Threats to Science: Politicization, Misinformation, and Inequalities

Published date01 March 2022
Date01 March 2022
Subject MatterIntroduction
8 ANNALS, AAPSS, 700, March 2022
DOI: 10.1177/00027162221095431
Threats to
and Inequalities
Science is often considered the best available route to
knowledge and, thus, essential for societal progress. Yet
contemporary science faces several challenges. These
challenges include politicization, misinformation, and
inequalities. I outline each of these threats, detailing
the ways in which they can undermine the optimal
production and application of science. I provide an
overview of various research agendas on each, as cov-
ered in this volume. Without minimizing the serious-
ness posed by each threat, I also suggest that existing
work provides reason for hope that the scientific enter-
prise can address these challenges and continue to
improve societal well-being.
Keywords: politicization of science; misinformation;
inequality; scientific progress
The scientific enterprise leads a precarious
existence. It produces systematized knowl-
edge that constitutes an unrivaled information
source on which to base decisions. Yet science
also incentivizes criticism, cannot provide
definitive proof, and is practiced by a relatively
small, homogenous group of experts. These lat-
ter features make science vulnerable to threats
that undermine its usefulness. These threats
include the misappropriation of science for
reasons orthogonal to the creation of knowledge
(specifically, political motivations), misinforma-
tion where inaccurate claims appear in the
guise of science, and inequalities of representa-
tion in the scientific enterprise that can lead to
flawed epistemology and group disenfranchise-
ment. While these threats are not new, societal
and technological trends in the twenty-first
James N. Druckman is the Payson S. Wild Professor of
Political Science and a faculty fellow at the Institute for
Policy Research at Northwestern University. He is also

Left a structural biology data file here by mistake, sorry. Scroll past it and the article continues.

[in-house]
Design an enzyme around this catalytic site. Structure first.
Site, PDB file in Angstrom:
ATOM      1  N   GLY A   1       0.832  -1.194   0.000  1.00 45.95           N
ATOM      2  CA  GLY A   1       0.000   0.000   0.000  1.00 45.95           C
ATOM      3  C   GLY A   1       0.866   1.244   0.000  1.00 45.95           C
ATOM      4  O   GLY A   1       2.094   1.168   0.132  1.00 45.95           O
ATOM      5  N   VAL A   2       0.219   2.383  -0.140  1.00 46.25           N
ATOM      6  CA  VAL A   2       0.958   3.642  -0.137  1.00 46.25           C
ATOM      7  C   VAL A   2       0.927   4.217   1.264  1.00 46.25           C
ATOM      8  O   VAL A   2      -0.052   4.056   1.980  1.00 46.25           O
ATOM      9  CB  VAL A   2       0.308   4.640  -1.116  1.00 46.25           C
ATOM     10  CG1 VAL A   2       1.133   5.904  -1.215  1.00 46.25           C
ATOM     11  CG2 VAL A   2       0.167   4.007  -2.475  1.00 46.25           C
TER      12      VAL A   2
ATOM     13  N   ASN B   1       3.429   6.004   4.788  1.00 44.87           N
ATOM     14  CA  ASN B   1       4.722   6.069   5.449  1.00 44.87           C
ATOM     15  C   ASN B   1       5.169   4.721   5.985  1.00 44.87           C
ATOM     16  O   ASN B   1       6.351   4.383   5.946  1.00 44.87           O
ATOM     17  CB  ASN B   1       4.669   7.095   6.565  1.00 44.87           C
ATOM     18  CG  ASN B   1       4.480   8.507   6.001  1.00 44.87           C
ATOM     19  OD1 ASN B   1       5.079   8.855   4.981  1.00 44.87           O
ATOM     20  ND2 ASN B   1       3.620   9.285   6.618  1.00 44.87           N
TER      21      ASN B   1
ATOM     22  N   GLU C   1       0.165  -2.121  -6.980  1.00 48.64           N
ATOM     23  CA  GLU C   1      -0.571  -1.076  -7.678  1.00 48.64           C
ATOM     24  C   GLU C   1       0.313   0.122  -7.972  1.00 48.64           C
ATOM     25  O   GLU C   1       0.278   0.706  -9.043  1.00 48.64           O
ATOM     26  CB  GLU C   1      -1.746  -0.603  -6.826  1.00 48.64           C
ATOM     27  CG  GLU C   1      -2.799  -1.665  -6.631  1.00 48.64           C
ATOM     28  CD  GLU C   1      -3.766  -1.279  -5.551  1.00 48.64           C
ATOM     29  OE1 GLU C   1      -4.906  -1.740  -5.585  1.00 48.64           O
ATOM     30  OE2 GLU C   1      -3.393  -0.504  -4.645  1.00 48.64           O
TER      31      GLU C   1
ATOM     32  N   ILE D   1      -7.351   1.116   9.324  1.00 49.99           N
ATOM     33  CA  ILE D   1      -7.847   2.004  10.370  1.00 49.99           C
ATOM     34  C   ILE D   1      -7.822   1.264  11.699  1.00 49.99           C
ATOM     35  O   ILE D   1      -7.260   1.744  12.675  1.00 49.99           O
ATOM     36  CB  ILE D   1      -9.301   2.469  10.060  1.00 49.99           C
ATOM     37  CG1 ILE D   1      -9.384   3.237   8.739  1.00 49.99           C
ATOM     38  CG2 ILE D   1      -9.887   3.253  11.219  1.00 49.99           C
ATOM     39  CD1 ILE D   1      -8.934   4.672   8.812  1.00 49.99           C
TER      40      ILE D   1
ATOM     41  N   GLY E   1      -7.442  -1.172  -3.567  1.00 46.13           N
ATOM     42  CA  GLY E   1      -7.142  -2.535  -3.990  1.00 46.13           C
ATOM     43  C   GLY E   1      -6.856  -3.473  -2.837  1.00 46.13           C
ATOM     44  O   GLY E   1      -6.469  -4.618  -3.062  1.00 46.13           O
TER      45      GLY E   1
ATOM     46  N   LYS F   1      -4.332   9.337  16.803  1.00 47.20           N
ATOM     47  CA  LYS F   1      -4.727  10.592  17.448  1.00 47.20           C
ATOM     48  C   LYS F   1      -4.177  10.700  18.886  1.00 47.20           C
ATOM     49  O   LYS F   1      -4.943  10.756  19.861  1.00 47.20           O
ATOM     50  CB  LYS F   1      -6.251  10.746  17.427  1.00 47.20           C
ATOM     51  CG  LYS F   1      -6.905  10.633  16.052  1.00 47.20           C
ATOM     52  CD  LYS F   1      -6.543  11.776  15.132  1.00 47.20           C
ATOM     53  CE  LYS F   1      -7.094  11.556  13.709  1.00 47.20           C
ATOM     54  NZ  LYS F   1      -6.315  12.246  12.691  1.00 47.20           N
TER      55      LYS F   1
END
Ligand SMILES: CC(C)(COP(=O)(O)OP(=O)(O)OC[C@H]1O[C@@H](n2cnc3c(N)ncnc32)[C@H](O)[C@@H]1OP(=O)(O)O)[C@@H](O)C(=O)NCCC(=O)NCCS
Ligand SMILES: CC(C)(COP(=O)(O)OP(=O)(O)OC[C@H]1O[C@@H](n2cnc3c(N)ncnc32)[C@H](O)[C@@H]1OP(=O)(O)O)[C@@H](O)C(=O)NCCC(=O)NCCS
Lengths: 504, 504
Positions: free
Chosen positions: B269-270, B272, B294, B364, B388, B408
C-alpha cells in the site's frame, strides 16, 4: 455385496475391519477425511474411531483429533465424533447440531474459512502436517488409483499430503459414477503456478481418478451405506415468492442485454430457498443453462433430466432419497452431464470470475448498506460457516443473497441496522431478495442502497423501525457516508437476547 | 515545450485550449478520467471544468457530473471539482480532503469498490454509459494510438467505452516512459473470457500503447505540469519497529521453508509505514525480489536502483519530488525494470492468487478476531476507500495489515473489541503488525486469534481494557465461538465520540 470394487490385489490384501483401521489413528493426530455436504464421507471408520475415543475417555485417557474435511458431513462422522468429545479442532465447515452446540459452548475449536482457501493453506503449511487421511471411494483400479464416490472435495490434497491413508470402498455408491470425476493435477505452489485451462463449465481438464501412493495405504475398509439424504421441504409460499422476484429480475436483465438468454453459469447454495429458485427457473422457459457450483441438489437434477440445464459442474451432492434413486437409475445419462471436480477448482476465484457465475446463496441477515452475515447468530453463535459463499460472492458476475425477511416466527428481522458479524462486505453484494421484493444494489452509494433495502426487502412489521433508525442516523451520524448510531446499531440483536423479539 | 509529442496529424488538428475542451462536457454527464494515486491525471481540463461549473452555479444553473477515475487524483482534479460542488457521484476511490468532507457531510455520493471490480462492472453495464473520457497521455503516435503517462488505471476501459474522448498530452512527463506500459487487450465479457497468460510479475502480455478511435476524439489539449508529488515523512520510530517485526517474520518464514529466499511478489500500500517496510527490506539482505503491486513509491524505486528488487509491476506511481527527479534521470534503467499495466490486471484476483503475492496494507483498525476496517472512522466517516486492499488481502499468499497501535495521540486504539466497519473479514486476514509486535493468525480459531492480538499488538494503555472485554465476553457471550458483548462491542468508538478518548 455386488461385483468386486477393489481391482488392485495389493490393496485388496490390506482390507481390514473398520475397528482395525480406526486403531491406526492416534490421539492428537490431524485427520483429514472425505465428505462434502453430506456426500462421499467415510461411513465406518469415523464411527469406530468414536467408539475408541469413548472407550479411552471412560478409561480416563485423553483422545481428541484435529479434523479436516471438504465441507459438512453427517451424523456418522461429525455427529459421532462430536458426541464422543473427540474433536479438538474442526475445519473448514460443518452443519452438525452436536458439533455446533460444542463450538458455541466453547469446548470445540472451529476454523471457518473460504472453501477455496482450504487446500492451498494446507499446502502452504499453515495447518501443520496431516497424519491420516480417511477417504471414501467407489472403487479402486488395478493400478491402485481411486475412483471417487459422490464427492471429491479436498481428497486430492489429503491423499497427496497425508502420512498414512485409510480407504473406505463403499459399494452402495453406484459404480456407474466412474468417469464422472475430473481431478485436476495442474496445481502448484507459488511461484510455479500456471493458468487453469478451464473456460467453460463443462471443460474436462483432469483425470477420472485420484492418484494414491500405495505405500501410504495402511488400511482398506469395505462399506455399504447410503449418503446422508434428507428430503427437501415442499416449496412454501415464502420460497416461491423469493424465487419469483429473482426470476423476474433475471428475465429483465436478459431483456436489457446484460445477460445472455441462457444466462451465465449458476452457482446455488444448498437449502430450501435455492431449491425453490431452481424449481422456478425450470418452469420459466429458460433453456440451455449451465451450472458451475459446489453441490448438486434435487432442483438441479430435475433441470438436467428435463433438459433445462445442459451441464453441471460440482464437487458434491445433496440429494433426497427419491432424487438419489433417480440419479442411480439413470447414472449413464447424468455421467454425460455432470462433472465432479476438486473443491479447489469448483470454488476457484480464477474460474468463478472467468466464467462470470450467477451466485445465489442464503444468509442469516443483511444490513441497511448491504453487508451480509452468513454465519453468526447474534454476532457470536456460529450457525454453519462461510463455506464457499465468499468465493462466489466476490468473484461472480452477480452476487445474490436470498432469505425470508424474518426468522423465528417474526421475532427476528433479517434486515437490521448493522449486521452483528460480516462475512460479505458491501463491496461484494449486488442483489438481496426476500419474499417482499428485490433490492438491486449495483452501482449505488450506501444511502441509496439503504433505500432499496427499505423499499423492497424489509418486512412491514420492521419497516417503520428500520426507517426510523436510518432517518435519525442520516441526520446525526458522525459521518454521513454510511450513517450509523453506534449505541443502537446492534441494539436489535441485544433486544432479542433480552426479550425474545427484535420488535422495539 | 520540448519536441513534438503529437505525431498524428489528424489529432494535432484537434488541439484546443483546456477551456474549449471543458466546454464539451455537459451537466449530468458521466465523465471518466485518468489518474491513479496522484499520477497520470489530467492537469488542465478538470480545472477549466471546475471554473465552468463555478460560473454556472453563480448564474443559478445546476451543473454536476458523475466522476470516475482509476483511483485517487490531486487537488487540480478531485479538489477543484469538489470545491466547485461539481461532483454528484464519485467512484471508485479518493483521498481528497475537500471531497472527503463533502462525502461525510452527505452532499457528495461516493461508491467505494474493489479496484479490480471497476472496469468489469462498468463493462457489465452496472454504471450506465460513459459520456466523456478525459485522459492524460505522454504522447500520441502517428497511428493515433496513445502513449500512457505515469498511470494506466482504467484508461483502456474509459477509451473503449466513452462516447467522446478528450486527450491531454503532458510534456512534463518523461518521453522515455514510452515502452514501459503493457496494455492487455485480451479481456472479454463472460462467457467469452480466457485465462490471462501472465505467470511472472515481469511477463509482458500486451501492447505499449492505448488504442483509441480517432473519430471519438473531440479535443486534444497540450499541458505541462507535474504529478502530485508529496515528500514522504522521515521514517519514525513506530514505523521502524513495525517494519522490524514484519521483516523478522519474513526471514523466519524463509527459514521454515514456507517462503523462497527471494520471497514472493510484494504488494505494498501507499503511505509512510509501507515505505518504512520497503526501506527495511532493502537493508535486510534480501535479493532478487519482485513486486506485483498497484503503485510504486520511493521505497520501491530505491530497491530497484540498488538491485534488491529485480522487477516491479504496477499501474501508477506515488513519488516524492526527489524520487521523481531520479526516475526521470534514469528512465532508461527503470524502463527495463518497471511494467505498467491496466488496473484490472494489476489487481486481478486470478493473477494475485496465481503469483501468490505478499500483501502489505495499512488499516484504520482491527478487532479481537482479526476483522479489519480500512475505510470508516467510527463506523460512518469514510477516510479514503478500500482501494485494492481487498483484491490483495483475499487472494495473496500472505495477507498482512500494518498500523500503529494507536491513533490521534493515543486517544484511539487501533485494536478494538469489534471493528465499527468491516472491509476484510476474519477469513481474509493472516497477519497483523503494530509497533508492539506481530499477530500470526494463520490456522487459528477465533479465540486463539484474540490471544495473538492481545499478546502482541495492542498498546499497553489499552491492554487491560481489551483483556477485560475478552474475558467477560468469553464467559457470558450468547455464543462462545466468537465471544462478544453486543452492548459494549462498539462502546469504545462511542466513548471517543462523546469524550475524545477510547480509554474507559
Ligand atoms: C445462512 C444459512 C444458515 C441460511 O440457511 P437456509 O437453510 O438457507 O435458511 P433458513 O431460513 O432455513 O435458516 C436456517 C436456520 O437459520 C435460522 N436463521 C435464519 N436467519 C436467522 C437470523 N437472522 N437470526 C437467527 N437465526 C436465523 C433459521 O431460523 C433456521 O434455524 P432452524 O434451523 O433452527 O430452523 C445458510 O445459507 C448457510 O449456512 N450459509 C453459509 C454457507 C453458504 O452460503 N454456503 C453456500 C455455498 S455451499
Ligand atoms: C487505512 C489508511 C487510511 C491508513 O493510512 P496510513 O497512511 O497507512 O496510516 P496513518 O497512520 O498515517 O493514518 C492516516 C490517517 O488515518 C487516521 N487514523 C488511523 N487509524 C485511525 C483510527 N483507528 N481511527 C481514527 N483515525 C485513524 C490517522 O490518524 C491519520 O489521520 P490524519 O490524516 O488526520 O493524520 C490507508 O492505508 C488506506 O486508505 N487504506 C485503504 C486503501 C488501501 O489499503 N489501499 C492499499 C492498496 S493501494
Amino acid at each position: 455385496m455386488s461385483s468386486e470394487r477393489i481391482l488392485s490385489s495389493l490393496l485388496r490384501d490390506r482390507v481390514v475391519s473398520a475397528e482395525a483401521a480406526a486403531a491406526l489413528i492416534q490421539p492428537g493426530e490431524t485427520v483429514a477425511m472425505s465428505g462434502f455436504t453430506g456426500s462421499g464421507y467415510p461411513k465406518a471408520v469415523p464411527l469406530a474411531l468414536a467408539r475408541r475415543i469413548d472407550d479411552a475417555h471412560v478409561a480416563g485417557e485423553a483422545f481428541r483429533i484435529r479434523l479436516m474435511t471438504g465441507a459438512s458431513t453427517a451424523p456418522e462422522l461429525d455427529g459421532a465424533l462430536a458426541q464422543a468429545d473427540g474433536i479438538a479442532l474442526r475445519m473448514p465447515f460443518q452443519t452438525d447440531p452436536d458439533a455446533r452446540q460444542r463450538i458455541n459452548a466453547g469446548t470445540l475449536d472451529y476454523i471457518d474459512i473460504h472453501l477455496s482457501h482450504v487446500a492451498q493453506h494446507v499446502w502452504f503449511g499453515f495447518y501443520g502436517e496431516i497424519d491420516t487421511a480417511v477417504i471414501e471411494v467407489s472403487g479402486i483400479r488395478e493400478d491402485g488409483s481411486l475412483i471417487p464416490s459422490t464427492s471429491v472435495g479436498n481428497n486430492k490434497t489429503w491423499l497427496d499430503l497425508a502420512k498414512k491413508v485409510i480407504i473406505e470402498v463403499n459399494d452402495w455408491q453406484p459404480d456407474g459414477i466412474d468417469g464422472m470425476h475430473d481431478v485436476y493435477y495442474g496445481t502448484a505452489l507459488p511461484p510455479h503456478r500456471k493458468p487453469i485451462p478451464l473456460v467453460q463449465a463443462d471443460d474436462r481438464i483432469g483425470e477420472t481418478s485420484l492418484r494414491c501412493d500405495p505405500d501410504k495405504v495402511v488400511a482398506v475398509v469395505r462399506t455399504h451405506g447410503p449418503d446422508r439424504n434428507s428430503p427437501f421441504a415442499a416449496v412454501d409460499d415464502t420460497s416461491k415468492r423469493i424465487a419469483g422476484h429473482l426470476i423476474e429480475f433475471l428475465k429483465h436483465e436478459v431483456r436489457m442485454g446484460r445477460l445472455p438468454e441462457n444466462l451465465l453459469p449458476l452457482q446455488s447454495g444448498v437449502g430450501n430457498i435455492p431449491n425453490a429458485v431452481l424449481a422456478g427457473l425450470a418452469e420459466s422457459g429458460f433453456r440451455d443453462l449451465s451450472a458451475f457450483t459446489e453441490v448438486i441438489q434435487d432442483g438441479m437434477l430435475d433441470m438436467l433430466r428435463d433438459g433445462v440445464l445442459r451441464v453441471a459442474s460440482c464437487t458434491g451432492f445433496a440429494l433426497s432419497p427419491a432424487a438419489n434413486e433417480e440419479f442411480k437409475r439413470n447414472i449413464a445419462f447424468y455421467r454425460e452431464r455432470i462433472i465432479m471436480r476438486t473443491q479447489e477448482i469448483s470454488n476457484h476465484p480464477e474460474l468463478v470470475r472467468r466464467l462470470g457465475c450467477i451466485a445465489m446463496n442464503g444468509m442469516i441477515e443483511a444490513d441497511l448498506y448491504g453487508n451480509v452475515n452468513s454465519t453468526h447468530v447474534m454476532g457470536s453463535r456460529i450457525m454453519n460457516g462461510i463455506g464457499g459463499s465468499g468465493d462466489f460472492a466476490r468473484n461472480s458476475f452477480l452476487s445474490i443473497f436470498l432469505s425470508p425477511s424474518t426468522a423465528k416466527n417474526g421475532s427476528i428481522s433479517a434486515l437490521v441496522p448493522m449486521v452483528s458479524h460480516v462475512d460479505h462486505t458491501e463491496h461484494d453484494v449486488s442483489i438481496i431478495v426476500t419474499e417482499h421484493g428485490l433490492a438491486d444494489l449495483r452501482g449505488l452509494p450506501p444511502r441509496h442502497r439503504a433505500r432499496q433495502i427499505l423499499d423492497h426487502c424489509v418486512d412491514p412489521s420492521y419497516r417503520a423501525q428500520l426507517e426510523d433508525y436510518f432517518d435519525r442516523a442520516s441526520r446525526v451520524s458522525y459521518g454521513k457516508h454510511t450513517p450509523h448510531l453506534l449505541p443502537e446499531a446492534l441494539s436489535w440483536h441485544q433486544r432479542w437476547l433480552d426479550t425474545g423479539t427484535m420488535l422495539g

an honorary professor of political science at Aarhus
University in Denmark.
NOTE: I thank Robin Bayes for superb advice on a
prior draft.
century have served as an accelerant. The experience of COVID-19 highlights
this reality—it has been riddled with partisans misusing and misconstruing sci-
ence; misinformation so pervasive that the pandemic was also labeled an info-
demic; and vast inequities in illness, morbidity, and economic hardship. This
volume offers a synthetic treatment of these three threats to science: politiciza-
tion, misinformation, and inequality. It brings together leading scholars in each
area who present empirically grounded discussions of major research agendas.
The articles in each section also build on one another to isolate the distinct nature
of each threat and, perhaps more importantly, to offer insights into what steps can
be taken in response. The hope is that readers are not left feeling deflated by
overwhelming challenges but, rather, are inspired by guidance on how to address
threats to advancing science and improving societal well-being.
The COVID-19 Pandemic Illustrates Threats to Science
How the COVID-19 pandemic unfolded in the United States illustrates how
politicization, misinformation, and inequalities threaten science. An October
2019 Johns Hopkins report concluded that the United States was relatively better
prepared than every other nation to deal with a pandemic in terms of prevention,
detection, response, health care, risk environment, and so on (Nuclear Threat
Initiative and Johns Hopkins Center for Health Security 2019). Yet by September
2020—only six months after cases first started surging—America accounted for
more than 20 percent of all COVID-19 deaths despite accounting for only 4 per-
cent of the world’s population.1 Why did the United States perform so poorly
when it came to saving lives? A large part of the answer concerns a failure to fully
utilize science due to politicized belief systems, misinformation, and inequities.
Consider politicized belief systems. Perhaps more than any other country,
COVID-19 polarized the United States, dividing Democrats and Republicans at
the elite (Fowler, Kettler, and Witt 2021; Lipsitz and Pop-Eleches 2020) and
mass levels (Allcott etal. 2020; Druckman etal. 2021; Gadarian, Goodman, and
Pepinsky 2021; Gollwitzer etal. 2020). This division was exacerbated by the 2020
presidential election and the concomitant challenges to democratic norms. In
summer 2020, one study from Pew Research Center found that 77 percent of
Americans believed that the nation had grown more divided since the arrival of
COVID-19, a response 2.8 standard deviations higher than the mean of the other
thirteen nations in the study and 1.6 standard deviations higher than the second
highest nation, Spain (Dimock and Wike 2020). As a result of this division, poli-
tics, rather than science, drove many decisions about how to deal with the pan-
demic. This is a stark example of how politicization can lead to less than ideal
cientific decision-making; at the same time, though, not all threats stemmed from
During COVID-19, other challenges emerged, such as variations in lived expe-
rience that affected trust in scientific institutions and scientific recommendations.
This, along with the circulation of misleading statements with no basis in scientific
principles, created an environment ripe for misinformation—a second threat.

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